There was a lot of media excitement today surrounding the rare “closed session” called in the Senate by Democratic Minority Leader Harry Reid (D-Nevada). In fact, a Google news search identified 684 articles and postings on the subject. For example, Reuters reported:
“Democrats forced the Senate into a rare closed session on Tuesday to protest what they decried as the Republican-led body's inattention to intelligence failures on Iraq and the leak of a CIA operative's identity.
“Invoking a little used rule, Democrats temporarily shut down television cameras in the chamber, cleared galleries of reporters, tourists and other onlookers, forced removal of staff members and recording devices and stopped work on legislation.”
MSNBC, with the assistance of the Associated Press, even reported this event as a huge win for the Democrats, with a sub-headline, “Following unusual closed Senate session, Democrats claim victory.”
Yet, from what I can tell, there was little if any discussion by most media outlets including Reuters, MSNBC, and AP concerning how rarely this rule is invoked, and under what circumstances in American history it has been employed.
As stated at the Senate’s website:
“‘Secret,’ or ‘closed,’ sessions of the House and Senate exclude the press and the public. They are held to discuss business such as Senate deliberations during impeachment trials, issues of national security, and sensitive communications received from the President, all deemed to require confidentiality and secrecy.”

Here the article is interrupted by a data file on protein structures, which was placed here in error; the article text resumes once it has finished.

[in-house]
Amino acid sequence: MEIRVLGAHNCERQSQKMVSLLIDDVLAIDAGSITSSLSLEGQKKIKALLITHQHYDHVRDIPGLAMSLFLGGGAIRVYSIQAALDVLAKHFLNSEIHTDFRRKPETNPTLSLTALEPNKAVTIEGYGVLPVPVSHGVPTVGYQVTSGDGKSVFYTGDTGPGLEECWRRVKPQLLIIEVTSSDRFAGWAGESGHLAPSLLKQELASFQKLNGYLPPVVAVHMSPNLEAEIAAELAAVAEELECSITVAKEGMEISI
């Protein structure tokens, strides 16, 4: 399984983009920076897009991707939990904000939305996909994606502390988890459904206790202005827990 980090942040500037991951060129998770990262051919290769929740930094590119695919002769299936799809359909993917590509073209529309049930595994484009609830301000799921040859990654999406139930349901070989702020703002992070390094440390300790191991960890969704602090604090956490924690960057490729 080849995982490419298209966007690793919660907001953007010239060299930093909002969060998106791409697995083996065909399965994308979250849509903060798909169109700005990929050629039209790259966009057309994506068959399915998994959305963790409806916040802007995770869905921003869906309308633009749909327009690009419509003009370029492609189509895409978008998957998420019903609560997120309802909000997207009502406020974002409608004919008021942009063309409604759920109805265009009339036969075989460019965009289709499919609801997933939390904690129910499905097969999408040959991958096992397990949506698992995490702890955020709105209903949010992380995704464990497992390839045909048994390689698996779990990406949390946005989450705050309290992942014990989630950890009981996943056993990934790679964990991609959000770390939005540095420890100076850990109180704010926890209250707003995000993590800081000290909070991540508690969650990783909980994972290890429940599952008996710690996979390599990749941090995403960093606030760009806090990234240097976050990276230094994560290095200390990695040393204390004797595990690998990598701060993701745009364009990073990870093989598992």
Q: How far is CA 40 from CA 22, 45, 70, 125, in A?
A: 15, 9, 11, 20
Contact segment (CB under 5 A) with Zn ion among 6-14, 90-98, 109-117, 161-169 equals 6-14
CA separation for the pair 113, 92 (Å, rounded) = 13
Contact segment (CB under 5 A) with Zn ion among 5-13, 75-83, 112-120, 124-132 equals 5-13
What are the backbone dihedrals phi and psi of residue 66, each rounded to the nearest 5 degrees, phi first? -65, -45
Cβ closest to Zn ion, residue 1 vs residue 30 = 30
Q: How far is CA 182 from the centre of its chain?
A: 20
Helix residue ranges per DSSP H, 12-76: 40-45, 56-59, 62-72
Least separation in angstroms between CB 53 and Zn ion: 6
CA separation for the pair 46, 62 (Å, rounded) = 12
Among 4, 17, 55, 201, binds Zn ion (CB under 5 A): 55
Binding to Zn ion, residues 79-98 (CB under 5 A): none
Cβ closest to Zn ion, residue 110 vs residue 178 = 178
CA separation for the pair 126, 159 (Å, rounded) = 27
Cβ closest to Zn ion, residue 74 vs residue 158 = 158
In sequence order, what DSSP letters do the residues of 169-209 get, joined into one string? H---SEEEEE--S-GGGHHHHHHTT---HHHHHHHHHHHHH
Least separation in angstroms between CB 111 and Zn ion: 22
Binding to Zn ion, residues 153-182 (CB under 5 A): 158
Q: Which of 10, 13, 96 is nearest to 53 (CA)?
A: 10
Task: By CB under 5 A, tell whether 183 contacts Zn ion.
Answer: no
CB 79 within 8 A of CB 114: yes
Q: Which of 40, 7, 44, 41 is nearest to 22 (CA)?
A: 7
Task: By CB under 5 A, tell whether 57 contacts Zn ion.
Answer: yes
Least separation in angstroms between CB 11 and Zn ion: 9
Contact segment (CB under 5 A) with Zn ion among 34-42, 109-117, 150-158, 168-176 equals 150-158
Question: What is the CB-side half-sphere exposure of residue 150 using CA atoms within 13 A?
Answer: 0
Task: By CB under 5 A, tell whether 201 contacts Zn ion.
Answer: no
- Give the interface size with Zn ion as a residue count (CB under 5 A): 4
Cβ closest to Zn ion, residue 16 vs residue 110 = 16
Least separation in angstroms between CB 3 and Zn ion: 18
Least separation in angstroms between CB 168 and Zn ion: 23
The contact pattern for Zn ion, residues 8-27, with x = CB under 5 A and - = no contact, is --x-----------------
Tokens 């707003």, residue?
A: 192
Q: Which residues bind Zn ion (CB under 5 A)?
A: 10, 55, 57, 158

Just how rare are such proceedings?
“Since 1929, the Senate has held 53 secret sessions, generally for reasons of national security. Six of the most recent secret sessions, however, were held during the impeachment trial of President Bill Clinton. Four of those sessions were in February 1999 during the final impeachment deliberations. Two were in January 1999 to discuss a motion to end the trial and another motion to call witnesses. In 1997, the Senate met in secret to consider the Chemical Weapons Convention Treaty, and in 1992, to debate the “most favored nation” status of China. The Senate also closed its doors during the impeachment trial of a federal judge in 1933 and on six occasions while considering impeachment articles against three other federal judges in the 1980s.”
Adding it all up, in the past 76 years, such sessions have only been called in the Senate to discuss impeachment proceedings, treaties, and issues of national security. Given this, it seems curious that the media didn't spend much time on the history of this rare occurrence, and given past precedent, why today's events warranted a closed session.